Spring is in full bloom and now is the perfect time to add color to your outdoor space with container gardens! There are many ways you can approach container gardening. Whether you’re the DIY gardener or you’d like some design assistance, we’re here to help add some spring cheer to your home.
For the DIY Gardener
Choose a container: This will set the tone for the entire project. Consider the style, shape, and size. If it’s highly decorative, you may want to stick to less frilly plants. If it’s a simple plastic container, you may need to choose some more exciting plants. Considering the size is important as well. Many people choose too small of a container, and as the plants grow, they quickly run out of room to thrive. It’s also important to consider that the smaller the container, the more often you’ll need to water.
Choose your plant color palette: Stick with a color scheme to avoid what we call the “confetti approach”. This will give you a much more cohesive overall design. Choose complementary colors with a few contrasting accents, or go with a single color in varying shades for a more monochromatic look.
Establish the exposure: Determine what conditions your container will be in—the amount of sun or shade is especially important. What is the water availability? Don’t set your plants up for failure.
Thriller, Filler, Spiller: Grouping plants together that have different growth habits creates a full and layered effect without crowding. This is a general guideline and may not apply to all container plantings, but it is a useful tool. A “thriller” is an upright centerpiece, often an evergreen or a showy perennial. A “filler” is a midrange flower or foliage plant. A “spiller” is a trailing flower or foliage plant. Remember, foliage plants add punch and definition essential for a well-rounded combination—it doesn’t have to be all about the flowers.
Planting: Use quality potting soil and fertilizer; fill bottom of container with soil to the level of the largest plant’s root ball and continue adding soil as you plant, covering and filling in around roots. Planting order is usually largest plants first followed by smallest (by container size). Always water your container after planting.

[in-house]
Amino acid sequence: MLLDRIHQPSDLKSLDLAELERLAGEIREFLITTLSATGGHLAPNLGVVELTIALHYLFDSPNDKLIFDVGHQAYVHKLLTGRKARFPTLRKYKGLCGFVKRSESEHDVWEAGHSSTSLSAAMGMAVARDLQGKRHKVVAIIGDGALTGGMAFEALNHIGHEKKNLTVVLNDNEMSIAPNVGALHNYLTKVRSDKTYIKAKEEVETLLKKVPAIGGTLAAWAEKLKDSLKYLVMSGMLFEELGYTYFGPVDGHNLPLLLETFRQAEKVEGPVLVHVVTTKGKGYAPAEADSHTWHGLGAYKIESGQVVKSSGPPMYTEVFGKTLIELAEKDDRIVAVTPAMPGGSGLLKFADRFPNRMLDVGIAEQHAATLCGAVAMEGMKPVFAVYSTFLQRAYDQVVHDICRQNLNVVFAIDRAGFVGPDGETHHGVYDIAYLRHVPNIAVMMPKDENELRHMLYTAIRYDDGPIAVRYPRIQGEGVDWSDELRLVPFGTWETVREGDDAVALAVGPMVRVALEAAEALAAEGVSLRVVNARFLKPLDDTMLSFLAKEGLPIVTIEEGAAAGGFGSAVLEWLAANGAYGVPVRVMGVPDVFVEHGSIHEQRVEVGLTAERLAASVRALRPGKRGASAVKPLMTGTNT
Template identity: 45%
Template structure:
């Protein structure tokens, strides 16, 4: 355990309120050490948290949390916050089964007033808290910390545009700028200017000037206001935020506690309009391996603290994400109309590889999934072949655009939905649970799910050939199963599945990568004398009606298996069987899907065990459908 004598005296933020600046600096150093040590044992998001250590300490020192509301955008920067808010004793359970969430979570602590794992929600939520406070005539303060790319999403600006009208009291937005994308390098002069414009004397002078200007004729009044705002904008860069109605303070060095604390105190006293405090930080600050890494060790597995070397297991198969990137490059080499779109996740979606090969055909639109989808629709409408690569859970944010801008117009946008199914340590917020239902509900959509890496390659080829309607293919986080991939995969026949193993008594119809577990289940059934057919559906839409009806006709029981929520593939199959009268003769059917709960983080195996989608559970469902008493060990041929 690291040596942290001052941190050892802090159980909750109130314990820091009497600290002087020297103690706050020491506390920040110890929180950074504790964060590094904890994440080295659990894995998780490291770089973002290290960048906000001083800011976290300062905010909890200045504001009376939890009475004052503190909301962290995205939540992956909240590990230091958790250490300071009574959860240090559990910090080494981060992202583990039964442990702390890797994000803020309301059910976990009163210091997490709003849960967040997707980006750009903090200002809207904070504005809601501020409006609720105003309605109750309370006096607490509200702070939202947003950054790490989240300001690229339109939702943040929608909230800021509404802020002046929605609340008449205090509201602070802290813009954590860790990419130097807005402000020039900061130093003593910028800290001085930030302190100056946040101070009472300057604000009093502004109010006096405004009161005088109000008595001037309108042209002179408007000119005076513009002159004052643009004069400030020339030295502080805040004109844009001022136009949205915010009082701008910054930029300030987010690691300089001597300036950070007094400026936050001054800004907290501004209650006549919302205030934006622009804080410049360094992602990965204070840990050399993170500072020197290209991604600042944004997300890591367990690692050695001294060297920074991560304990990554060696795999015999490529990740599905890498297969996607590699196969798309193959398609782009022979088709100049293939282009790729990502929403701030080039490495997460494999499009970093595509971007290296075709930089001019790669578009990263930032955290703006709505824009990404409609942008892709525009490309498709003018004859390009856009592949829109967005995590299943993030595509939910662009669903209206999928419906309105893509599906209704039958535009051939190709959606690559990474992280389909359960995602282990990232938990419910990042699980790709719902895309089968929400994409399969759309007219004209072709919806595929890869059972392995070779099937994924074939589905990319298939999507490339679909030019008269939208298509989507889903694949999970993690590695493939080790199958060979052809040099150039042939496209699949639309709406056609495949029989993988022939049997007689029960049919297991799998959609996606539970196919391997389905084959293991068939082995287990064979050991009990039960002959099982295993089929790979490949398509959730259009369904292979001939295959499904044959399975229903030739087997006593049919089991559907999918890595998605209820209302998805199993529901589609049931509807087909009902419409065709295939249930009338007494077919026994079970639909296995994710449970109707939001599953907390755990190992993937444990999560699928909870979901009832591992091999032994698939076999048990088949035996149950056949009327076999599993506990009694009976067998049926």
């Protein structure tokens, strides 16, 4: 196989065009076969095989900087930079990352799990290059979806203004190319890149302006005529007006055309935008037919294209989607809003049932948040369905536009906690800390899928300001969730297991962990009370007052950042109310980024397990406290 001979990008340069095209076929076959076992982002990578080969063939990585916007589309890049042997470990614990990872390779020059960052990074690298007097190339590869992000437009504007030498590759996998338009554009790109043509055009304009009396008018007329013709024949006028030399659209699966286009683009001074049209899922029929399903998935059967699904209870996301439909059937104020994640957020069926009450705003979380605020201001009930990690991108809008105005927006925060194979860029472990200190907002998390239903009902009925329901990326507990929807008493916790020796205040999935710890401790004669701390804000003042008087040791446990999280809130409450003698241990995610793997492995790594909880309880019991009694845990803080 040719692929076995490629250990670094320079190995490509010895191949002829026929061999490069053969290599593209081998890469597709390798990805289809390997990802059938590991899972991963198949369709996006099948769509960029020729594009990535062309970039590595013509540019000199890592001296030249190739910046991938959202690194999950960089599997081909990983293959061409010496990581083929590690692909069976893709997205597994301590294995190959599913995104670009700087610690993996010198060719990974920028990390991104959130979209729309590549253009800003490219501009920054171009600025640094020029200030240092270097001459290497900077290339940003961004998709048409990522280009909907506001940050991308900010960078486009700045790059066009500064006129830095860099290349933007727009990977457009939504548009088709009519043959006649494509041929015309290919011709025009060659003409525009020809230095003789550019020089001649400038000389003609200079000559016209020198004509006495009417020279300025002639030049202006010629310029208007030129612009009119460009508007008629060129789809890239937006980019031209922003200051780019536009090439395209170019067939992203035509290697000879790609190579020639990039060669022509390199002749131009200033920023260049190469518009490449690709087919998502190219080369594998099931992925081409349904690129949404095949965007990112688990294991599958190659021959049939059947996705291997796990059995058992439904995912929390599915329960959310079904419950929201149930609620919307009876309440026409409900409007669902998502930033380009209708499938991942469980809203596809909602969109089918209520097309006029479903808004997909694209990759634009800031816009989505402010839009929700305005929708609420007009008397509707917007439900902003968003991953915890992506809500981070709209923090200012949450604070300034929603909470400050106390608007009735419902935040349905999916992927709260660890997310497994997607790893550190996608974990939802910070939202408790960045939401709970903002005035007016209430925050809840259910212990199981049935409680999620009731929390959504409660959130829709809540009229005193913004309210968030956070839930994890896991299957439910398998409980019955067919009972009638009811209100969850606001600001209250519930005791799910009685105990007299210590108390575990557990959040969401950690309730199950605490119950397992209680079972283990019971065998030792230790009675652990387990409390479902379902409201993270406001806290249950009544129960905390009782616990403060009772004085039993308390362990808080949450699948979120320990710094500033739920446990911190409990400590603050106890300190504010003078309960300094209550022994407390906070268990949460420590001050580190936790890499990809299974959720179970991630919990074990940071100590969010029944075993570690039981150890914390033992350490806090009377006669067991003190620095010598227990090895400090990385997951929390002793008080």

Maintenance: Regular watering, fertilizing, and cleaning/pest control are key for most containers to keep looking great throughout the season. However, cool, rainy weather and young, shallow-rooted plantings need less frequent watering.
For Fresh, Seasonal Color: Consider the Drop-In Approach
Drop-ins are a new approach to container plantings that are ideal for garden lovers with busy schedules. This means using a plastic pot that can discretely fit inside your decorative one and planting it with seasonal combinations or even purchasing one pre-planted! You have instant seasonal color that can be refreshed easily or switched out over the seasons.
I like to have a fresh pot of spring blooming bulbs at my door, but once they are done flowering, I pull out the pot and switch it for one with more dramatic spring and summer annuals that will look good for months. Drop-in pots are also a great way to learn about plant combinations and to gain confidence in container gardening through the seasons.
Container Maintenance Tips
Fertilize: My favorite fertilizer combination is Rose Society 15.10.10 mixed 50/50 with G&B Organic Bud & Bloom (just G&B organic for containers with edibles). The combination of a time release and an organic with beneficial microbes makes for a healthy and colorful start.
Watering: Watering is the most important aspect to a successful container—not too much and not too little! Remember, the more water a container requires, the hungrier it will be. So, make sure to water and feed them regularly throughout the growing season. Newly planted containers may need water less frequently while roots are young and temperatures are cool. Watering frequency will increase as plants mature and temperatures rise.
Pests: Pests can be a problem; make sure you treat for pests before they wreak havoc on your container! This doesn’t mean spraying every chemical on the shelf—for example, our beloved petunias and geraniums are prone to budworm, so we spray with BT (bacillus thuringiensis, a natural bacteria that is very safe) every two weeks beginning in late June or early July to protect new growth from the voracious caterpillars. Healthy plants that are well-fed and well-watered are less prone to pest problems.
Pinch: Don’t be afraid to trim plants that are bullying other plants in a container to maintain balance. A light trim can help long, lanky plants grow fuller, and remember to remove spent flowers before they form seeds to encourage reblooming.
Have fun! Every planting is a learning experience and we are here to give you guidance. It’s a great chance to try something new!
Container design inspiration can be found by visiting our garden centers. We have drop-ins for those of you who are too busy or don’t enjoy getting your hands dirty and we offer custom container planting as well. Contact us to schedule your container gardening needs today!